Komunikasih is empathetic communication that includes the energy of affection and compassion in delivering messages to lead to a good and correct understanding by the recipient of the message, and the effect of creating positive emotions that are full of love and peace among the communicators. Komunikasih is sincere, selfless, and constructive. If communication negativity can be found in every communication element, then Komunikasih always involves love and affection in every element and stage of the communication process. Loving communicators always base their communication activities on good and sincere intentions. Creating meaning of messages (encoding) framed by love and affection will produce good and positive messages. Likewise, with message delivery channels, whether in the form of media, third parties, or activities covered with nuances of love, will avoid black noise and mistakes, whether intentional or unintentional. The process of interpreting the meaning of messages (decoding), which involves affection, also makes the recipient of the message free from prejudice. These messages produce positive emotional, situational, and effectual responses in the next positive communication sequence. Thus, negative conflicts, disputes, and violence can be prevented. There are six main principles in Komunikasih, namely heartfelt intention and goals, constructive and selfless messages, empathetic meaning-making, compassionate delivery and feedback, positive media use, and affectionate impacts.
Read more: KOMUNIKASIH (Communication with Compassion)
How to Cite: Wijaya, B. S. (2015). Komunikasih: Komunikasi Positif Berbasis Empati [Komunikasih as an Empathy-based Positive Communication]. Journal Communication Spectrum, 5(2), 147-166. https://doi.org/10.36782/jcs.v5i2.2019
Why Do Educational People Commit Corruption in Communicating Their Personal Brands?
B. S. Wijaya, Muhammad Taufiq Amir, & Jurica Lucyanda
Amid the increasingly fierce competition, personal branding has become necessary for modern workers today, including professionals in education. This article explores why people in the educational milieu, especially higher education, commit corruption in communicating their brands. We conducted interviews and one-on-one discussions with ten people who work as instructors, researchers, and structural officials in educational institutions. We identified three main reasons motivating them to commit corruption in personal brand communication: financial reasons, managerial reasons, and communicative reasons. Financial reasons refer to economic goals in improving self and family well-being and meeting daily and long-term needs. On the other side, managerial motives refer to organizational performance goals that impact personal career advancement. Meanwhile, communicative intentions apply to imaging related to the need for identity and social recognition. This research can reference decision-makers to assess performance and determine what rewards or punishments are suitable for individuals in their organizations.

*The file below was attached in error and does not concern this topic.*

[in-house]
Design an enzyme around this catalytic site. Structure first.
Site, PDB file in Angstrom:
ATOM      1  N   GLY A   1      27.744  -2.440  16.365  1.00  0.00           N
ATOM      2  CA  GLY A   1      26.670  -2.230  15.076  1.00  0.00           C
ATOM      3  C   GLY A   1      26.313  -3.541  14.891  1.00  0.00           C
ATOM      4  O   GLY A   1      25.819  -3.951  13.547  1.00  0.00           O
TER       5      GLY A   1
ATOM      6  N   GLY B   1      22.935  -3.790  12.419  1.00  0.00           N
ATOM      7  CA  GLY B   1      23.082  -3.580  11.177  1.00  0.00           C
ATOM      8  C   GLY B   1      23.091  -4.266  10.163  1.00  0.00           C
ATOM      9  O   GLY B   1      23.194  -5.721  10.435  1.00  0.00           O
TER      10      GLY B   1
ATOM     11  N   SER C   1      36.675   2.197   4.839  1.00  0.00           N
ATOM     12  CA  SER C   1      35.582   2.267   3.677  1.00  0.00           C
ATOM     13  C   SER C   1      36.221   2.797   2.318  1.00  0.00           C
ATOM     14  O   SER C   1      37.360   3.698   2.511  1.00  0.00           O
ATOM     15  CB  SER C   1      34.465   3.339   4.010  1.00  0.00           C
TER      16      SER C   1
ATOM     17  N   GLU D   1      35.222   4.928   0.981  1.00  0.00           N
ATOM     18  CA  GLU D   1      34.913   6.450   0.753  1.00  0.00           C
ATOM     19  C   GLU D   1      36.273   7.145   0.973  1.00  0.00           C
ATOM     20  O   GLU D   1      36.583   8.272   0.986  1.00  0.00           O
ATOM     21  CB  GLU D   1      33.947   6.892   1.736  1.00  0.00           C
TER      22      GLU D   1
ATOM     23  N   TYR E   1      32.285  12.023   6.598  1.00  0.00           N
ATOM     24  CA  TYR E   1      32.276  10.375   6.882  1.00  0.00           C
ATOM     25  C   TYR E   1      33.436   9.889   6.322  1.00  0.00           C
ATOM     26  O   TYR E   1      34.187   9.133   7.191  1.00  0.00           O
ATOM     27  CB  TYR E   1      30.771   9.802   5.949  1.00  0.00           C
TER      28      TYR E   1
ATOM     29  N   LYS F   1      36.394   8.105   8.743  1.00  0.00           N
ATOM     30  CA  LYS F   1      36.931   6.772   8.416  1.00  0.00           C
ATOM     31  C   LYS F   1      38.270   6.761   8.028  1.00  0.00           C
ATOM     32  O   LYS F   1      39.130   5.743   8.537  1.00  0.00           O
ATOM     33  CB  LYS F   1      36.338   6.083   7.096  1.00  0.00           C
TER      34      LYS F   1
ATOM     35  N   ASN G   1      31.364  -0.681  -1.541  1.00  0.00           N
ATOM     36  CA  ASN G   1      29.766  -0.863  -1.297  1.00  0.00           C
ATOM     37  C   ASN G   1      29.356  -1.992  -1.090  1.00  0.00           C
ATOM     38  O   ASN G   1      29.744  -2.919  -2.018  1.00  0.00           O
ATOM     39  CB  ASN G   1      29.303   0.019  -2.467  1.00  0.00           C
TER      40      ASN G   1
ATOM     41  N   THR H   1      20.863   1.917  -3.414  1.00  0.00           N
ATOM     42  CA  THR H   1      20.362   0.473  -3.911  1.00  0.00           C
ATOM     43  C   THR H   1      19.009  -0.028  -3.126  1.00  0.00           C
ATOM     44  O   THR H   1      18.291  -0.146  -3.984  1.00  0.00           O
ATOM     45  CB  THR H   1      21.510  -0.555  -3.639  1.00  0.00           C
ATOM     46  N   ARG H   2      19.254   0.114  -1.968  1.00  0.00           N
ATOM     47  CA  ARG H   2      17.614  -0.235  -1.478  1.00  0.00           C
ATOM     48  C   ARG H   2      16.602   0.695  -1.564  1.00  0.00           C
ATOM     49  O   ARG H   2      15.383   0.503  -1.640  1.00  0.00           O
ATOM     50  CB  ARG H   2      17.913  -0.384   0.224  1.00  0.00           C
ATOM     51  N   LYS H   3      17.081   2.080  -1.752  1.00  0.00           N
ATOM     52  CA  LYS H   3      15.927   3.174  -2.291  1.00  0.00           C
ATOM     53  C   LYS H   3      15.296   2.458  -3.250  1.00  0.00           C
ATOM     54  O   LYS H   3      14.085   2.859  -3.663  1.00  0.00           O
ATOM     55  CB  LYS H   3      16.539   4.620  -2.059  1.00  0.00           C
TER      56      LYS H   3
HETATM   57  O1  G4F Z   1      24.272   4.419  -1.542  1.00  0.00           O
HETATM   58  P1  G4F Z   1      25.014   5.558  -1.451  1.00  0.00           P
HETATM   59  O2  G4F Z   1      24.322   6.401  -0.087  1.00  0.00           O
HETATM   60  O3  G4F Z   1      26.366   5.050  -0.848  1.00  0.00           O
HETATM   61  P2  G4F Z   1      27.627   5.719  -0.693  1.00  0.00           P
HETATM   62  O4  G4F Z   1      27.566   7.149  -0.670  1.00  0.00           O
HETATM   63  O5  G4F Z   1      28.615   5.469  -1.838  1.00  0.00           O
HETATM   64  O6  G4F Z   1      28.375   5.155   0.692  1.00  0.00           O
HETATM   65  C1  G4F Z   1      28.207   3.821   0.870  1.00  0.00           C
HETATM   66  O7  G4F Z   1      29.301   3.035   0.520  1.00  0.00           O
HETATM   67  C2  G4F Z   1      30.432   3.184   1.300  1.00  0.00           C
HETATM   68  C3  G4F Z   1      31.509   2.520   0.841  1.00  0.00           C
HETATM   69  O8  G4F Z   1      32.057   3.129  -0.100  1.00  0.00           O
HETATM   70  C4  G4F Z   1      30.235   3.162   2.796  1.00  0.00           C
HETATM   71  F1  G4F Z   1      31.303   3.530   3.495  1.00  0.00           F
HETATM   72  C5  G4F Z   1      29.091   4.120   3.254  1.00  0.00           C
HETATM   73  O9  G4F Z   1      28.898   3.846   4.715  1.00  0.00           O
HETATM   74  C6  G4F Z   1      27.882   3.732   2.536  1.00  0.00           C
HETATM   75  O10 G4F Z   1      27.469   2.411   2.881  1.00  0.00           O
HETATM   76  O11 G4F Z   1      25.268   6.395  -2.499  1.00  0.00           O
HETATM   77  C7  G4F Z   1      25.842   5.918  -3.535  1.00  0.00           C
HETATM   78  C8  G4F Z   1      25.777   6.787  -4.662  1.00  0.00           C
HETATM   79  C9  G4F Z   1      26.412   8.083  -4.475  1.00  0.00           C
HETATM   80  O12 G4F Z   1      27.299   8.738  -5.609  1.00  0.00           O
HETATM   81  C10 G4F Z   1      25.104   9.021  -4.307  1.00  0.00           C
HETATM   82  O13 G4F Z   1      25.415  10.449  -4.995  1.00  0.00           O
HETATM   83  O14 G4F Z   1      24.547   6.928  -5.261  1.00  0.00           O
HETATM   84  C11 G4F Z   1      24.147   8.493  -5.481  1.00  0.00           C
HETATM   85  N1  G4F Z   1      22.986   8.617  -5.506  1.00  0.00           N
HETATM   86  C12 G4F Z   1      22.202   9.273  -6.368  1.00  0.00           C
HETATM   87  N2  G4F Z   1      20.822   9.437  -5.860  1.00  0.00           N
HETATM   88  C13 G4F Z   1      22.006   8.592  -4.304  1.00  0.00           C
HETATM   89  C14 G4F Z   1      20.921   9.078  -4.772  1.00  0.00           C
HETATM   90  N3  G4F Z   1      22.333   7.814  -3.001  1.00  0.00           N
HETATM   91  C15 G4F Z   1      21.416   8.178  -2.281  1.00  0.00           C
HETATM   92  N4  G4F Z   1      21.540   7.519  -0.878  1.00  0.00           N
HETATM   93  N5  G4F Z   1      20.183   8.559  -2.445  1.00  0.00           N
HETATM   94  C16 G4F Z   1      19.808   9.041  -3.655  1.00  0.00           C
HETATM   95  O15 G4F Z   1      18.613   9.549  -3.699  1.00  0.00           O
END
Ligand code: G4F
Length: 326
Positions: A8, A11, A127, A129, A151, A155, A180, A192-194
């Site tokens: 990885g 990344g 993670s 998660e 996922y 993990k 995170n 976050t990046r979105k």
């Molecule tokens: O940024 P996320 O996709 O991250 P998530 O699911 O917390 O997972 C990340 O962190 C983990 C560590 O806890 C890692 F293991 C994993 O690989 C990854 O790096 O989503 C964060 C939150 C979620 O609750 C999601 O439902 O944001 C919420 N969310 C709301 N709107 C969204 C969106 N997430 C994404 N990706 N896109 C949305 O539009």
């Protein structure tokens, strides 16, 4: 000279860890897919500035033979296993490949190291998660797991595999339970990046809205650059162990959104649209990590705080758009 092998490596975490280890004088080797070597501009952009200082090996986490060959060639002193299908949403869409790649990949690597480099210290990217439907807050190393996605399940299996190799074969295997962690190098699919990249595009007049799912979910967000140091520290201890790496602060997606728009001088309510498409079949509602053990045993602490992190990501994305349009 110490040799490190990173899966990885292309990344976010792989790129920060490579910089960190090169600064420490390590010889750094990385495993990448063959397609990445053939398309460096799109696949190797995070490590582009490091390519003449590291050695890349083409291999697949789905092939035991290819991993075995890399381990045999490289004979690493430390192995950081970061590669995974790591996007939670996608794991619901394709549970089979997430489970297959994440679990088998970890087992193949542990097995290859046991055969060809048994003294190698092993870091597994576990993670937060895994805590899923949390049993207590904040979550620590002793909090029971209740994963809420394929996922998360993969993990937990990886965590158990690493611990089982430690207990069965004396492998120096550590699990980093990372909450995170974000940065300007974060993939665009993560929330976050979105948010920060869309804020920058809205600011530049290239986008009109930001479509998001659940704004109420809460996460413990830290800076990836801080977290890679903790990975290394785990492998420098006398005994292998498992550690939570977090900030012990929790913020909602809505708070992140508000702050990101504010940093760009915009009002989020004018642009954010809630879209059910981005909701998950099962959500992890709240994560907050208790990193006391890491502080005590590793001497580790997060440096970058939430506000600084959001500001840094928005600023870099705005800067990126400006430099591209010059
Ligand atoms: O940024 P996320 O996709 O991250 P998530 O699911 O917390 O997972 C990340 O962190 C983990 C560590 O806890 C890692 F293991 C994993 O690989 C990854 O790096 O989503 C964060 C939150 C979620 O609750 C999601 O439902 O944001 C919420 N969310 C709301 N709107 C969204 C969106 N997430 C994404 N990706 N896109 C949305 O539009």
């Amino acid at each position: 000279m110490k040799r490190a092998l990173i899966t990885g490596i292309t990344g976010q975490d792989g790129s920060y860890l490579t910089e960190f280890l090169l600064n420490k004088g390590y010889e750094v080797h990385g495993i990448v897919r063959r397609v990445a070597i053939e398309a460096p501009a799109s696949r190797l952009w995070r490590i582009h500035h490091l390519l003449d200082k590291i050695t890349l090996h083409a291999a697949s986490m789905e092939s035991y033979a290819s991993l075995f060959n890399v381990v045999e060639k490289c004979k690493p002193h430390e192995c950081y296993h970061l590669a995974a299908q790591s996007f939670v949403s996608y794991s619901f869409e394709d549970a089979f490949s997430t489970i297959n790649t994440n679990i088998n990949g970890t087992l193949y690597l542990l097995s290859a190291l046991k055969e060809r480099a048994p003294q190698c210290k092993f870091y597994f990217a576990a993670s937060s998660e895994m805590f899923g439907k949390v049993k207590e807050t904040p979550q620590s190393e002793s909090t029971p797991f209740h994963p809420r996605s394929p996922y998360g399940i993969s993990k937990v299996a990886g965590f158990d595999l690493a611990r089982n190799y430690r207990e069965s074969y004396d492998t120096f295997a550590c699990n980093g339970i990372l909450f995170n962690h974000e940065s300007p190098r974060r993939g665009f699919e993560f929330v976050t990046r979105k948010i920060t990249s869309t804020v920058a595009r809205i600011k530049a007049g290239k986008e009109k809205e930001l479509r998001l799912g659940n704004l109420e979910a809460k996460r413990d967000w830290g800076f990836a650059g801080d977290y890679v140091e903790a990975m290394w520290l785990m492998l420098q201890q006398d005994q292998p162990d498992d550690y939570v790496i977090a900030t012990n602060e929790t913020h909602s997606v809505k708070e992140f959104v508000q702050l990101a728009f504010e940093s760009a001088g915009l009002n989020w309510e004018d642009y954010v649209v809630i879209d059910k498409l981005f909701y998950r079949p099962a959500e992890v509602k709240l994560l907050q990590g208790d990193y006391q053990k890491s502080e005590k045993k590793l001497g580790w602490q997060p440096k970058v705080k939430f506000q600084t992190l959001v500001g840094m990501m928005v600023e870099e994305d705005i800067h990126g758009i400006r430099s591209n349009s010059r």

Cite this article: Wijaya, B. S., Amir, M. T., & Lucyanda, J. (2021). Why Do Educational People Commit Corruption in Communicating Their Personal Brands? Advances in Social Science, Education and Humanities Research, 532, 85-90. https://dx.doi.org/10.2991/assehr.k.210227.014
IN-STORE BRAND COMMUNICATION: WHEN SHELF-SPACE AND DISPLAY SEDUCE CONSUMERS
B. S. Wijaya, Muchsin Saggaff Shihab, Sheila Ayu Wijaya, Dudi Rudianto, & Annie Sugandi
Purpose of the study: This study aims at analyzing the role of shelf-space and display in stimulating impulse buying. Further, this study also covers the comparison between all shelf positions (regular-shelf, Chiller, and wings-rack) to get insights deeper into which one is the most effective in stimulating impulse buying.
Methodology: By highlighting the case of a beverage brand in a hypermarket in Indonesia, the recent study uncovers the experiences and perceptions of 200 participants through an explanatory survey. The primary data collection has been done by distributing survey questionnaires to 200 target respondents located in Jakarta. The data collected have been analysed using SPSS software.